If η(0) = 0 then q [ln[T ], · · ·]/η(0) integrates to unity and can be thought of as a probability distribution function (pdf) for ln[T ]. Using this pdf one can de?ne the average

∞

Usually one quanti?es the ?ux of photons by a brightness[21] Iν [? c, x, t] where ν , x, t and ? c are respectively the frequency, spatial position, time, and direction in which the photons are traveling (N.B. usually one uses n ? = ?? c). The quantities we will end up dealing with are a highly transformed form of Iν . The ?rst step is to transform to the dimensionless quantum mechanical occupation number n[ν, · · ·] ≡ c2 Iν [· · ·]/(4π ? hν 3 ) where h is the Planck constant. Implicit in these de?nitions is a choice of rest-frame. Of course ν will be Doppler shifted from one rest-frame to another, but the quantity n is rest-frame independent (i.e. a Lorentz invariant) once one takes into account the Doppler shifting of the argument ν . Other common representations of the spectra is the brightness temperature, Tb , de?ned by Tb ≡ hν/(kB ln[1+ 1/n]), which gives the temperature of a blackbody which would produce the equivalent brightness at that frequency. Here kB is the Boltzmann constant. If n ? 1 this reduce to the Rayleigh-Jeans temperature, TRJ = hν n/kB . Both Tb and TRJ are frame-dependent.

f [T, · · ·] ≡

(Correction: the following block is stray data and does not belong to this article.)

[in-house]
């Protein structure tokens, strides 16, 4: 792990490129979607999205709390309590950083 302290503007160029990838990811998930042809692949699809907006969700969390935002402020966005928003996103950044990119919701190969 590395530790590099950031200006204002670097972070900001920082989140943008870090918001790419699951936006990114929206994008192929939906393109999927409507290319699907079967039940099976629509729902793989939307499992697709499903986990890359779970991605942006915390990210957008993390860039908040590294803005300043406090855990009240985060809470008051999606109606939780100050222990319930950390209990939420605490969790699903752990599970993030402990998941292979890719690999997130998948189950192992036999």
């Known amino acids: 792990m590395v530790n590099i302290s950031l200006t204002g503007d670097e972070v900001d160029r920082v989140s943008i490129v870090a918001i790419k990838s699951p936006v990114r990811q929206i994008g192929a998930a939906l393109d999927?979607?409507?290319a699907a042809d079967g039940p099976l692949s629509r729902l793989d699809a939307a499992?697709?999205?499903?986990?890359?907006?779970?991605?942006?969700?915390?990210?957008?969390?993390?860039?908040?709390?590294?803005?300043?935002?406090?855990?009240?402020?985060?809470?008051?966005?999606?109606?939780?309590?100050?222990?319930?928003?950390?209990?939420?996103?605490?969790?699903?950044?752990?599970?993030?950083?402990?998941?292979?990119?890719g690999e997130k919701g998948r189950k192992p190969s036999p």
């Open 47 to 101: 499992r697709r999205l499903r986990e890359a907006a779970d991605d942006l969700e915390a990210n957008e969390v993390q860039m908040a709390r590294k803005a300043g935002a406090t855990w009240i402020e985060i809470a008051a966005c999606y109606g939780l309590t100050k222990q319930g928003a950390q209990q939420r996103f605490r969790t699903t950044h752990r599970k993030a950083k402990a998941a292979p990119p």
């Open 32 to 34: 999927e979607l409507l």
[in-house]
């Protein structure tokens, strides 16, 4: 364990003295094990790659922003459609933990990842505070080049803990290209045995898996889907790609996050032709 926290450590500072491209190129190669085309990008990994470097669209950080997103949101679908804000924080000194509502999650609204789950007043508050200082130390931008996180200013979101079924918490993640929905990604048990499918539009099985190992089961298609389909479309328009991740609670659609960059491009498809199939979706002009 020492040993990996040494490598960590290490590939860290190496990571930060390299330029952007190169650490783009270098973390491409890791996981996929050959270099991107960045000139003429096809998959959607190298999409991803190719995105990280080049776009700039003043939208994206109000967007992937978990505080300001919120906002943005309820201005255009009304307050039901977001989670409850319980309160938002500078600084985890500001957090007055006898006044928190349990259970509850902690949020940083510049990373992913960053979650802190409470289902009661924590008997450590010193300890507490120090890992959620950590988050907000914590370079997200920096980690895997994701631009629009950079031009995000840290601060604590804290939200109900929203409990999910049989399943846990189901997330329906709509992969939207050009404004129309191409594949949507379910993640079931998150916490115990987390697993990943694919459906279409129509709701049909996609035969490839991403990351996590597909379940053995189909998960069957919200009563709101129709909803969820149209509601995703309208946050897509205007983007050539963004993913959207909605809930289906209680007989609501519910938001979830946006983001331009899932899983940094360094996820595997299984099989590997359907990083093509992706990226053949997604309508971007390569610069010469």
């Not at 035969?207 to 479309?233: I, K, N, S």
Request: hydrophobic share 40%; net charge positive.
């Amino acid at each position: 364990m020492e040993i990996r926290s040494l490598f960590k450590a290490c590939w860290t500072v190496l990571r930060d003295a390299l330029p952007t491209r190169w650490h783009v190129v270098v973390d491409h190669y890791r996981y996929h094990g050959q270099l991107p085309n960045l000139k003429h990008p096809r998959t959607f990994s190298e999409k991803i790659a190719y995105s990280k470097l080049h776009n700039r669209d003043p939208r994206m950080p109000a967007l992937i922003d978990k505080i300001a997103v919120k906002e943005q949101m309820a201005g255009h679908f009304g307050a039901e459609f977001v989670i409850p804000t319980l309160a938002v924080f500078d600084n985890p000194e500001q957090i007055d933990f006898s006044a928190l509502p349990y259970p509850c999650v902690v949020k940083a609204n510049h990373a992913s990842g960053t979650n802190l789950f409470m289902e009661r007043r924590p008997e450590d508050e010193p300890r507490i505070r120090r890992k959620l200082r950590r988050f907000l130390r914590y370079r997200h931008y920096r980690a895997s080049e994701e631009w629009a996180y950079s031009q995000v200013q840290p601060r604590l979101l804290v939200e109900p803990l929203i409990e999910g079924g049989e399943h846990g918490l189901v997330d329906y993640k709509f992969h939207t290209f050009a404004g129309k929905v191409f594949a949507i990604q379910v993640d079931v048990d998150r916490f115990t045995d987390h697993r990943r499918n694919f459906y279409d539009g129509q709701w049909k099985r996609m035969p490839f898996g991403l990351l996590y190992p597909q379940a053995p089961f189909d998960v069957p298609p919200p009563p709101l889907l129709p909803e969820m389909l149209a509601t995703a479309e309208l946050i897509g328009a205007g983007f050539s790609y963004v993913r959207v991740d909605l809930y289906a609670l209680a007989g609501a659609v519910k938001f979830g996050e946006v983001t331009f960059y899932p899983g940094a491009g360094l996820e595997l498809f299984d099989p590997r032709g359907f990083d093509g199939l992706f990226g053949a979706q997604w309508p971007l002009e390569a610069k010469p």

dln[T ]

?∞

q [ln[T ], · · ·] f [T, · · ·] η(0)

(5)

so that η(n) = η(0) ln[T ]n . De?ne the mean logarithmic temperature as ?≡e T T ? T

n ln[T ]

= eη(1) /η(0) ,

(6)

and the central moments

n

u(n) ≡

ln

=

k=0

(7) Note that by de?nition u(0) = 1 and u(1) = 0. The most important central moment is the 1st non-trivial one, u(2) , and for this reason we use the special notation u ≡ u(2) (8)

(?1)k n! η(k) k ! (n ? k )! η(0)

η(1) η(0)

n?k

.

and give u the name: width of the temperature distribution. A graybody spectrum has u(n) = 0 for n > 0 and g > 0 and this is why g got the name “grayness”.

3

C. Lorentz Transformations

4 3 2

Under a Lorentz transformation, from frame 1 to 2, the various quantities are Doppler shifted ν2 = ?2 = T ν1 1 + z12 ?1 T (9)

x nm x

1 0 1 2 2 4 x 6 8 10

1 + z12 n2 [ν, · · ·] = n1 [(1 + z12 ) ν, · · ·] q2 [ln[T ], · · ·] = q1 [ln[T ] + ln[1 + z12 ], · · ·] The parameters g and u(n) are Lorentz invariant, and this is the main reason why it is convenient to parameterize the spectral distortion by g and the u(n) .